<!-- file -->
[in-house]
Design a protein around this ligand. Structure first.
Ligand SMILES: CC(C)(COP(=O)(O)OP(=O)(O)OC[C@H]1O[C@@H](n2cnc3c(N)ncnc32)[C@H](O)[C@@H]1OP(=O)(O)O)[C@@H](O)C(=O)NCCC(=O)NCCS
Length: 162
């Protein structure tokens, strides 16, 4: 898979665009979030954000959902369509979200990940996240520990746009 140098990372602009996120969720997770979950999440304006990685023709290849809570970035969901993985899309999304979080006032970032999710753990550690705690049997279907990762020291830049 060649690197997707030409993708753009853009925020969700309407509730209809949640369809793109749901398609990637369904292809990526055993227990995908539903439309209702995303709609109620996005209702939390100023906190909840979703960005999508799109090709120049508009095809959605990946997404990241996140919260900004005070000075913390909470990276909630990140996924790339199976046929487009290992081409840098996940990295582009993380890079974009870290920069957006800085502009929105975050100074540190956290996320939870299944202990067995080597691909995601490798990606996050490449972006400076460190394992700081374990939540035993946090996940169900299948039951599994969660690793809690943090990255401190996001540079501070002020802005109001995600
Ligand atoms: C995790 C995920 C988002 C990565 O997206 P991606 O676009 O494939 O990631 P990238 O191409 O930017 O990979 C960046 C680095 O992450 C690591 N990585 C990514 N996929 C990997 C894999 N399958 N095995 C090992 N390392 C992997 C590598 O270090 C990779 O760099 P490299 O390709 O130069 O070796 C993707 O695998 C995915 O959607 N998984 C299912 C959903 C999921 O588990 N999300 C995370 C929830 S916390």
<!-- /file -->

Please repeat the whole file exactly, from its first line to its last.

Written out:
[in-house]
Design a protein around this ligand. Structure first.
Ligand SMILES: CC(C)(COP(=O)(O)OP(=O)(O)OC[C@H]1O[C@@H](n2cnc3c(N)ncnc32)[C@H](O)[C@@H]1OP(=O)(O)O)[C@@H](O)C(=O)NCCC(=O)NCCS
Length: 162
């Protein structure tokens, strides 16, 4: 898979665009979030954000959902369509979200990940996240520990746009 140098990372602009996120969720997770979950999440304006990685023709290849809570970035969901993985899309999304979080006032970032999710753990550690705690049997279907990762020291830049 060649690197997707030409993708753009853009925020969700309407509730209809949640369809793109749901398609990637369904292809990526055993227990995908539903439309209702995303709609109620996005209702939390100023906190909840979703960005999508799109090709120049508009095809959605990946997404990241996140919260900004005070000075913390909470990276909630990140996924790339199976046929487009290992081409840098996940990295582009993380890079974009870290920069957006800085502009929105975050100074540190956290996320939870299944202990067995080597691909995601490798990606996050490449972006400076460190394992700081374990939540035993946090996940169900299948039951599994969660690793809690943090990255401190996001540079501070002020802005109001995600
Ligand atoms: C995790 C995920 C988002 C990565 O997206 P991606 O676009 O494939 O990631 P990238 O191409 O930017 O990979 C960046 C680095 O992450 C690591 N990585 C990514 N996929 C990997 C894999 N399958 N095995 C090992 N390392 C992997 C590598 O270090 C990779 O760099 P490299 O390709 O130069 O070796 C993707 O695998 C995915 O959607 N998984 C299912 C959903 C999921 O588990 N999300 C995370 C929830 S916390």